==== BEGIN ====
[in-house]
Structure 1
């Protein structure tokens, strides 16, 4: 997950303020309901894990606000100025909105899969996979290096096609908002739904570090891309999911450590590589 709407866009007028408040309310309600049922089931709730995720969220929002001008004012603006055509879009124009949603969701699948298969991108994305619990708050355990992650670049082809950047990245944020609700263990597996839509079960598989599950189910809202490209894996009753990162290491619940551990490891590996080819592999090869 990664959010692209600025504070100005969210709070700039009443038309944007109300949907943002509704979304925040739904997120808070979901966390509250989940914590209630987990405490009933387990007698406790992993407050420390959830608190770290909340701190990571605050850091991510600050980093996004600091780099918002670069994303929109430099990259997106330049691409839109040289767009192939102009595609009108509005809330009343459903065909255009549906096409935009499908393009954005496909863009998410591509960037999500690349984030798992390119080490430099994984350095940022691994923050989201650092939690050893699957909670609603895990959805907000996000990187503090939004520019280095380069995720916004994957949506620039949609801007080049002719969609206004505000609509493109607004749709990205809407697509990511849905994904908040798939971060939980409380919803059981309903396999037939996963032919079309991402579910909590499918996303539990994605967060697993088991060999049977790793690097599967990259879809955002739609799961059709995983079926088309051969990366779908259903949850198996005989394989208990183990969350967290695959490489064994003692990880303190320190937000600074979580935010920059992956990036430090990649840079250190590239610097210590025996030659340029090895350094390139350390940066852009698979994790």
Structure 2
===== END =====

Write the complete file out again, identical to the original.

[in-house]
Structure 1
């Protein structure tokens, strides 16, 4: 997950303020309901894990606000100025909105899969996979290096096609908002739904570090891309999911450590590589 709407866009007028408040309310309600049922089931709730995720969220929002001008004012603006055509879009124009949603969701699948298969991108994305619990708050355990992650670049082809950047990245944020609700263990597996839509079960598989599950189910809202490209894996009753990162290491619940551990490891590996080819592999090869 990664959010692209600025504070100005969210709070700039009443038309944007109300949907943002509704979304925040739904997120808070979901966390509250989940914590209630987990405490009933387990007698406790992993407050420390959830608190770290909340701190990571605050850091991510600050980093996004600091780099918002670069994303929109430099990259997106330049691409839109040289767009192939102009595609009108509005809330009343459903065909255009549906096409935009499908393009954005496909863009998410591509960037999500690349984030798992390119080490430099994984350095940022691994923050989201650092939690050893699957909670609603895990959805907000996000990187503090939004520019280095380069995720916004994957949506620039949609801007080049002719969609206004505000609509493109607004749709990205809407697509990511849905994904908040798939971060939980409380919803059981309903396999037939996963032919079309991402579910909590499918996303539990994605967060697993088991060999049977790793690097599967990259879809955002739609799961059709995983079926088309051969990366779908259903949850198996005989394989208990183990969350967290695959490489064994003692990880303190320190937000600074979580935010920059992956990036430090990649840079250190590239610097210590025996030659340029090895350094390139350390940066852009698979994790």
Structure 2